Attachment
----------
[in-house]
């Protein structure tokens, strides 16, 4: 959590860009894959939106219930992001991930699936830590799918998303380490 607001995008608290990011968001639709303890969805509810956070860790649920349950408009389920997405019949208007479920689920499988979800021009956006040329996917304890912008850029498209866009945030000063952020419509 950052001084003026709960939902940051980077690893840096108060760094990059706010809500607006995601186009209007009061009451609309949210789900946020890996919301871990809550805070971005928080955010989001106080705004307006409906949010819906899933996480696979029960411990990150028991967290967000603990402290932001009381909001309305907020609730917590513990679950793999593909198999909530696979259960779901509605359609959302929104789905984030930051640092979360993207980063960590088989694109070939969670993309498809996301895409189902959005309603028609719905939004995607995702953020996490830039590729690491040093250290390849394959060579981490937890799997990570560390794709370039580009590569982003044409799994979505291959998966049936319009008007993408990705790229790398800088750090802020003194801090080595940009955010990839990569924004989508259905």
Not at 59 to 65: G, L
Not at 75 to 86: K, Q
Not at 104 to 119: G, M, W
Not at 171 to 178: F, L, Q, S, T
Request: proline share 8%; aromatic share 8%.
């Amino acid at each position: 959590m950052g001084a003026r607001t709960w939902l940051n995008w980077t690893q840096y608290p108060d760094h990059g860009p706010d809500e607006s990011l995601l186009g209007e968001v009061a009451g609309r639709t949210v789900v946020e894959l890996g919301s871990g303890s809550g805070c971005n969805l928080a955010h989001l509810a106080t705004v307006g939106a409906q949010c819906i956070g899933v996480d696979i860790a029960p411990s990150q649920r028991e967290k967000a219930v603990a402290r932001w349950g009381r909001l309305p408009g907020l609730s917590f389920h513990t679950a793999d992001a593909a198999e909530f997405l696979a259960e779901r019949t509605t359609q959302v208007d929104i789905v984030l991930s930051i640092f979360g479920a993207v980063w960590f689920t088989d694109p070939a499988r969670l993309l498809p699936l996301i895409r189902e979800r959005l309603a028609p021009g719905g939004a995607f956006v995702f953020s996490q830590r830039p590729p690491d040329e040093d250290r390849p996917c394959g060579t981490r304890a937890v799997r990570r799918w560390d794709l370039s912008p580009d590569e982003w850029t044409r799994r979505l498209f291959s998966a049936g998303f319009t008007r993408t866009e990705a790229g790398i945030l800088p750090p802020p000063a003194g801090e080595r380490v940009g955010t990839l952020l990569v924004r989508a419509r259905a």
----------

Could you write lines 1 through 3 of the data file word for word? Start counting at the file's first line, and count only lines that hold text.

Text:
[in-house]
């Protein structure tokens, strides 16, 4: 959590860009894959939106219930992001991930699936830590799918998303380490 607001995008608290990011968001639709303890969805509810956070860790649920349950408009389920997405019949208007479920689920499988979800021009956006040329996917304890912008850029498209866009945030000063952020419509 950052001084003026709960939902940051980077690893840096108060760094990059706010809500607006995601186009209007009061009451609309949210789900946020890996919301871990809550805070971005928080955010989001106080705004307006409906949010819906899933996480696979029960411990990150028991967290967000603990402290932001009381909001309305907020609730917590513990679950793999593909198999909530696979259960779901509605359609959302929104789905984030930051640092979360993207980063960590088989694109070939969670993309498809996301895409189902959005309603028609719905939004995607995702953020996490830039590729690491040093250290390849394959060579981490937890799997990570560390794709370039580009590569982003044409799994979505291959998966049936319009008007993408990705790229790398800088750090802020003194801090080595940009955010990839990569924004989508259905």
Not at 59 to 65: G, L